Pro Rock by Big Lad

Release date: October 19, 2018
Label: Box Records

Big Lad‘s Pro Rock is a full strength jolt of gleefully dumb fun, a clattering headrush of fluorescent nonsense, superhuman drum battery and ridiculous table top electronic wizardry; hardcore party music. It’s like a sonic Jagerbomb, fast and stupid, sticky but invigorating. Only with less regret attached. The album’s perfect scene setting intro is the slightly ominous voice of an electronic toy asking “Are you ready? Let’s play!”

‘Ricky Balboa’ builds and twitches for a minute before it properly kicks off, all splintering beats and hyperactive synth surges, a heart pounding chase scene around the inside of your own head. The Big Lad sound is at some messy mid point between Lightning Bolt’s percussive noise-core and Venetian Snares’ wild, frying electronics. Only more fun. The edge of menace replaced with a recklessly excitable grin urging you to let your guard down, dance like an idiot, do another round of shots, stop worrying for five minutes.

Big Lad came about a few years back when powerhouse drummer Henri Grimes reckoned he could play drums to Wayne’s ludicrous breakcore jams. Breakcore being a genre largely founded on using chopped up drum loops to create demented rhythmic patterns beyond the abilities of any mere human it seemed an unlikely idea. Still, having made a pretty decent fist of the whole thing they made a record. They called it Big Lad. Back then they called themselves Shitwife. Now, you have to suspect that being called Shitwife closes more doors than it opens, so now the band is called Big Lad. Maybe they’ll be called Pro Rock on the third album. Maybe not.

The smoulderingly sexy portraits that adorn the cover – sweaty Henri in bandana and waistcoat, Wayne in a spectacular fringed affair penned in by synths like an evil prog wizard – should probably have tipped you off that Big Lad share the piss taking love affair with pop culture of the true fan, and it’s all getting fed into the grinder. There’s techno, hardcore, metal and blockbuster movies in there and although the aesthetic is pretty basic on the surface the range of sounds they use is surprisingly broad. There’s a lot of nice 80’s synths – the lovely wonky stabs on ‘Banana Split’ being a particular highlight. ‘Ted Banger’ is a pulsing, pulverising onslaught of filthy bass, ‘Donald Tramp’ a thrashing migraine of Melt Banana noise core.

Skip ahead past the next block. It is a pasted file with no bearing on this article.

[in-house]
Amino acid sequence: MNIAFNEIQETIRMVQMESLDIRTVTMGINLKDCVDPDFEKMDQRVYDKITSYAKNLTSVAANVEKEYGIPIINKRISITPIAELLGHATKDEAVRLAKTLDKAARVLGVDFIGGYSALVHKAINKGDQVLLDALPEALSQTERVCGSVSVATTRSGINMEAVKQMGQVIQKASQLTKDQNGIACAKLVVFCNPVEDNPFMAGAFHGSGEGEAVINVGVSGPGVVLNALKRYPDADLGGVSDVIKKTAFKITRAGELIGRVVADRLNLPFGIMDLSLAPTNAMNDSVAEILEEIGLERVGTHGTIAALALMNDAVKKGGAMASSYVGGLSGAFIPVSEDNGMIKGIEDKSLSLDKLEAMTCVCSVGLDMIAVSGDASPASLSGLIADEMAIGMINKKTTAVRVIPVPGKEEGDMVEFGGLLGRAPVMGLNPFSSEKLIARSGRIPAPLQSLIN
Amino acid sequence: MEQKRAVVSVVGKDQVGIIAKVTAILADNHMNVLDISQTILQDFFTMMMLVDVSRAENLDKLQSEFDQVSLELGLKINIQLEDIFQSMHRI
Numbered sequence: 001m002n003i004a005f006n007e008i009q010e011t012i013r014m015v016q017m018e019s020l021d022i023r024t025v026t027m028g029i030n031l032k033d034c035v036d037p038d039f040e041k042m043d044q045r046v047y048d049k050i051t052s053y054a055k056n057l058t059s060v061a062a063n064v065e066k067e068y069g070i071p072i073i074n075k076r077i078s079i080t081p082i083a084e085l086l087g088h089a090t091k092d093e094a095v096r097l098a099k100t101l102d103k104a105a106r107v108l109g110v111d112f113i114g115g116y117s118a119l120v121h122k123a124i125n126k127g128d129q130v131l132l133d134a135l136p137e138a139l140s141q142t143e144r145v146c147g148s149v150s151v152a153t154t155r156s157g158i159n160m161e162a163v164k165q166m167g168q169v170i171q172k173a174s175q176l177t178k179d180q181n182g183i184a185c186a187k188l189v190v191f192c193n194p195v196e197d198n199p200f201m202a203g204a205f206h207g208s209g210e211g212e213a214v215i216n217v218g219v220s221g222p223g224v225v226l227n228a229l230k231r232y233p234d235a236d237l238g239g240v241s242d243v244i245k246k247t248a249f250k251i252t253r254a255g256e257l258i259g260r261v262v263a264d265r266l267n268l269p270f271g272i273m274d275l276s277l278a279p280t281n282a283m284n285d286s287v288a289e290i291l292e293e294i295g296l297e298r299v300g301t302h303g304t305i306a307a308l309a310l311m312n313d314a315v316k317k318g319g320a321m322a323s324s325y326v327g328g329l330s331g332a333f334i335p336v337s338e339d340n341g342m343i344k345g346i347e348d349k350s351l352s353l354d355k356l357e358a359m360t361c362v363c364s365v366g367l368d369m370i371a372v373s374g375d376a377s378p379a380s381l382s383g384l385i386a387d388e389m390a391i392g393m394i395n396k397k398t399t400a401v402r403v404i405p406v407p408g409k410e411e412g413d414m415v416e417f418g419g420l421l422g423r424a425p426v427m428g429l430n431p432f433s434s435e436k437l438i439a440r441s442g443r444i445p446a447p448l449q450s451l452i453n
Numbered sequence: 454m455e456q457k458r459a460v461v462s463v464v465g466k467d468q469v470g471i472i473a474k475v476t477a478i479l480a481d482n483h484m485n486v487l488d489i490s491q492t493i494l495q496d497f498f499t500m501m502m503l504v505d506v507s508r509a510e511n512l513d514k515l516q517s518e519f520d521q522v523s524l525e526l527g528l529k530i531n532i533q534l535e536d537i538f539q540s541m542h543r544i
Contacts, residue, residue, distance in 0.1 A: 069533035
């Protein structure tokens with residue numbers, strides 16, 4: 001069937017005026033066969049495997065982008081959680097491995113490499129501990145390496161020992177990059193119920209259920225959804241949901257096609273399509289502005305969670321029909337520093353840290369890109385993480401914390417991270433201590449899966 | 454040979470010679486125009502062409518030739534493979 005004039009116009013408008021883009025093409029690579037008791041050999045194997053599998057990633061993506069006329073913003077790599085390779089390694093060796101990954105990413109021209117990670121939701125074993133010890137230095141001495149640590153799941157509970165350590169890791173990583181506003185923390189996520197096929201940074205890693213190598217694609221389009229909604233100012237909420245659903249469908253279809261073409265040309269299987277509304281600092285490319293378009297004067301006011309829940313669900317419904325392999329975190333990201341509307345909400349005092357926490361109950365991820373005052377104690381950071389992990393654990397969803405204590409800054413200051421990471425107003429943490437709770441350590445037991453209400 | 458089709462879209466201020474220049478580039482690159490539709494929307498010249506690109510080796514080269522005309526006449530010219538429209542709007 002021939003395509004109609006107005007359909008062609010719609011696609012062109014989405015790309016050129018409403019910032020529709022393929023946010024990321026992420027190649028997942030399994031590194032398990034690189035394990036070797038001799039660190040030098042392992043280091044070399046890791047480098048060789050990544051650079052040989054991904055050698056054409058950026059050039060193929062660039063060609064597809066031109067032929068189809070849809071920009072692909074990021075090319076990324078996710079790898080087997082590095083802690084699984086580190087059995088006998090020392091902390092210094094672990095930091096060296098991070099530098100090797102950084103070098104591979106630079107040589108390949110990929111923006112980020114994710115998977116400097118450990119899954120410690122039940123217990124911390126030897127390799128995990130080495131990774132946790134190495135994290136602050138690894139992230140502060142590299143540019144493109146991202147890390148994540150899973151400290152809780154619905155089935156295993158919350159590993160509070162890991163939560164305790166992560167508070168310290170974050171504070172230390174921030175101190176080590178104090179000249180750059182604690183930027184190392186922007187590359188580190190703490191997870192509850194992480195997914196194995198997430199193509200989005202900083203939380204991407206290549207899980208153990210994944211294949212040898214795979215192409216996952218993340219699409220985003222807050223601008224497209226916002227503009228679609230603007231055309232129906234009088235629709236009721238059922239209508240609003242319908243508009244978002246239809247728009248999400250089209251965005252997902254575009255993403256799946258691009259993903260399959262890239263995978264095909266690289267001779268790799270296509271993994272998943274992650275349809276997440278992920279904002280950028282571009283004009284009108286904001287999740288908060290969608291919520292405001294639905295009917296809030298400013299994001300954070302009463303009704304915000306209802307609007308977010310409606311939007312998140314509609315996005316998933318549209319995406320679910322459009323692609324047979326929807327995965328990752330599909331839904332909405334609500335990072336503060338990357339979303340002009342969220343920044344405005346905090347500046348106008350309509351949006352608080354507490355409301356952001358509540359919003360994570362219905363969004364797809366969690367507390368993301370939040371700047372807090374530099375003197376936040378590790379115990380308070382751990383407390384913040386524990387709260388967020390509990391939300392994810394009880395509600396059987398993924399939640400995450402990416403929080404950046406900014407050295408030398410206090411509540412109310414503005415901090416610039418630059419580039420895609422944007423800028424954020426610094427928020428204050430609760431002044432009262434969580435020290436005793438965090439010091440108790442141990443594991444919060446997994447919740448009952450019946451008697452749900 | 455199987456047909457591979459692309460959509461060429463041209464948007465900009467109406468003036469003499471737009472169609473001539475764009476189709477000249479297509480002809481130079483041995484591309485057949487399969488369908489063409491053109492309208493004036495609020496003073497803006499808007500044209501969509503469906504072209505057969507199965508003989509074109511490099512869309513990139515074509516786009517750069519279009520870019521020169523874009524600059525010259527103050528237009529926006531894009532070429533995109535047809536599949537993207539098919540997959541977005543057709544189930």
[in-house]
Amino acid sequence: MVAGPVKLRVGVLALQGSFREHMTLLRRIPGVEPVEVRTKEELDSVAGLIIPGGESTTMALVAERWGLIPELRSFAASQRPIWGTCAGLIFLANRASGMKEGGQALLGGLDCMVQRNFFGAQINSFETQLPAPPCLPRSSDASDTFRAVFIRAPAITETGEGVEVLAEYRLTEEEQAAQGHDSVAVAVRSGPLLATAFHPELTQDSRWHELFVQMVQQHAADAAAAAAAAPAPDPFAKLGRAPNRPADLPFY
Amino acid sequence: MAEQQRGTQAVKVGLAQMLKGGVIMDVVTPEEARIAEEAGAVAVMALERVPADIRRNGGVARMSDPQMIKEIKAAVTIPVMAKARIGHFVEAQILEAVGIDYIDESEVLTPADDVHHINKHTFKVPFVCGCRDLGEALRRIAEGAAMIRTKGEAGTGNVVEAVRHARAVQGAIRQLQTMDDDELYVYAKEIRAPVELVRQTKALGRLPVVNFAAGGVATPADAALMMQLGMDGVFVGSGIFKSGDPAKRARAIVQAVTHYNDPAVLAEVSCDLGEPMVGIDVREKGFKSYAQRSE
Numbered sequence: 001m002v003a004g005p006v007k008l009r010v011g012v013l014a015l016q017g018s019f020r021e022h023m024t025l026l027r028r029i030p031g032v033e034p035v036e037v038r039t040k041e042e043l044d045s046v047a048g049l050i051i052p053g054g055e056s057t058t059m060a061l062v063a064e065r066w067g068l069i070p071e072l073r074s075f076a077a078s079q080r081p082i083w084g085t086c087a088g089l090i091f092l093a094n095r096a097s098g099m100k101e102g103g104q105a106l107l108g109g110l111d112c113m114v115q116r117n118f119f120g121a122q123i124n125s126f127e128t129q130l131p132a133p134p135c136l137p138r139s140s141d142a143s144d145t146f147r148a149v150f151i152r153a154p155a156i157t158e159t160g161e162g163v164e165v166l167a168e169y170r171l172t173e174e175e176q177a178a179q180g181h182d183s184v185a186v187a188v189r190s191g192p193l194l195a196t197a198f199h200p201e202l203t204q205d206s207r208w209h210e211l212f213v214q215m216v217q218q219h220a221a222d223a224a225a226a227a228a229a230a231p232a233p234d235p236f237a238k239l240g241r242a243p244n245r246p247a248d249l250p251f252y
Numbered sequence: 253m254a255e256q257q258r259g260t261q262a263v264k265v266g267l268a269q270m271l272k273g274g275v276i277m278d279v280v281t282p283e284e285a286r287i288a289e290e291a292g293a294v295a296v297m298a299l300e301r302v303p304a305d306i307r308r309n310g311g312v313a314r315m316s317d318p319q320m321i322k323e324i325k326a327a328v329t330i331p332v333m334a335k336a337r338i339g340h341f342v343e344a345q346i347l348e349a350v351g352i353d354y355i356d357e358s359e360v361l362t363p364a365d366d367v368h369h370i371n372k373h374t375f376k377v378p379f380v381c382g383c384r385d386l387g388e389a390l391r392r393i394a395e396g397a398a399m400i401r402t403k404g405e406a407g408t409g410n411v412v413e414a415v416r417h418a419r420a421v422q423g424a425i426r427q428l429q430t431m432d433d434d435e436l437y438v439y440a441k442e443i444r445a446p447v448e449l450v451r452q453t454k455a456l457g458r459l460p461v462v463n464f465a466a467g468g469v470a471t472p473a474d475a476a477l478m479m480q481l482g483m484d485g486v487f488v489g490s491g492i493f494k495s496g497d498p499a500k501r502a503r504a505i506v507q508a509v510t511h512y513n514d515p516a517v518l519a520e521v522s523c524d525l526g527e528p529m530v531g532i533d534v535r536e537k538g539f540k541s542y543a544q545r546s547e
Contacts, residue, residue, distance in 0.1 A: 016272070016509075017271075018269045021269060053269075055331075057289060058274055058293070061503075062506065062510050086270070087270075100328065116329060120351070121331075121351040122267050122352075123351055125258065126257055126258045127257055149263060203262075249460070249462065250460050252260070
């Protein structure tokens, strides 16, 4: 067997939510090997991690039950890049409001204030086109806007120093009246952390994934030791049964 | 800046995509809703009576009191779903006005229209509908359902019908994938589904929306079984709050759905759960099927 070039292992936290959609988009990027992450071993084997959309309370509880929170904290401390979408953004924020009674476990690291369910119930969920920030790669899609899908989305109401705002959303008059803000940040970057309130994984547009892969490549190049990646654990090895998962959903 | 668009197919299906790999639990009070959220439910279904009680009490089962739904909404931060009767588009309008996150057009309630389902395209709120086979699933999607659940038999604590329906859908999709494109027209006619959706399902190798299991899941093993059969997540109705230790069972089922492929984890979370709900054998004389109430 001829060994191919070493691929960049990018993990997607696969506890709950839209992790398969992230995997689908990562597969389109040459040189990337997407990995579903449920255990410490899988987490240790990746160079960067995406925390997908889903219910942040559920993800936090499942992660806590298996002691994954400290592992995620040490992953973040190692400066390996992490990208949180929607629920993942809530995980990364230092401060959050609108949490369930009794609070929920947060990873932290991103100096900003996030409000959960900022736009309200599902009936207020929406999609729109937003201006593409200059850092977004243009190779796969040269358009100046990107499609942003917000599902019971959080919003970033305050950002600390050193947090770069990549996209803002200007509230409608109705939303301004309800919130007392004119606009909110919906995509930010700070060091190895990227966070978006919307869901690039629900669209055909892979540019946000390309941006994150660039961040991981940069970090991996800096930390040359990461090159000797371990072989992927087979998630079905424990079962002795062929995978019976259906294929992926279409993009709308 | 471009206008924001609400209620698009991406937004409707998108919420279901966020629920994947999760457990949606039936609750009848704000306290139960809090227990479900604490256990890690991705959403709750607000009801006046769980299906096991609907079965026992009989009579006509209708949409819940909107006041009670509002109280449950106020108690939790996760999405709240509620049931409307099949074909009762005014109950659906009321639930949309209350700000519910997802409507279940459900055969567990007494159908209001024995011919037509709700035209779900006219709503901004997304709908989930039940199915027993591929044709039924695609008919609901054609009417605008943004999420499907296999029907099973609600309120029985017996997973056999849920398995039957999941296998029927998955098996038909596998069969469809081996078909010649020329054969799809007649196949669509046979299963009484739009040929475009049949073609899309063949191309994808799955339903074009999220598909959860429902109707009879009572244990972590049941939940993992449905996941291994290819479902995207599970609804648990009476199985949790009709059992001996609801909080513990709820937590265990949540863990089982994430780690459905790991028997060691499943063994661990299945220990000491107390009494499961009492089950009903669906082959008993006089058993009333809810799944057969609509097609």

It’s not all hyper ventilating bludgeoning though, far from it. There are constant shifts of pace and emphasis that keep the full on sections hitting hard not grinding you down. ‘Michael J Decaprio’ is a slower number, fractured and dark with a dripping sci-fi unease about it. It’s that moment when you come out the toilet in the club, realise you can’t find any of your mates now and you’re really not cool with it. It’s followed by ‘Party Salad’ one of a couple of lulling synth interludes that add some breathing space and wouldn’t be amiss on the Stranger Things soundtrack. In fact Pro Rock‘s mix of 80’s vibes, weirdness and spastic beats is like the anxiety dreams of the Stranger Things kids, shovelled full of Ritalin by well meaning therapists, waiting five years for the rave scene to arrive so they can finally calm down.

In case you were still unclear what was going on the final track is called ‘Eating Food and Fighting Wizards’, it has the riff and chug of hair metal in it’s bones and sparkly/nauseous synth leads in it’s luscious mane of metal hair. It’s a thrash-pop great grandchild of Van Halen’s ‘Jump’ and that’s obviously a good thing. Pro Rock is chock full of twisted party bangers then, assuming the party has already gone on too long, only your most wasted and degenerate mates remain and stopping is now out of the question. Ludicrous and absolutely banging, it is also good for housework. Get on it.

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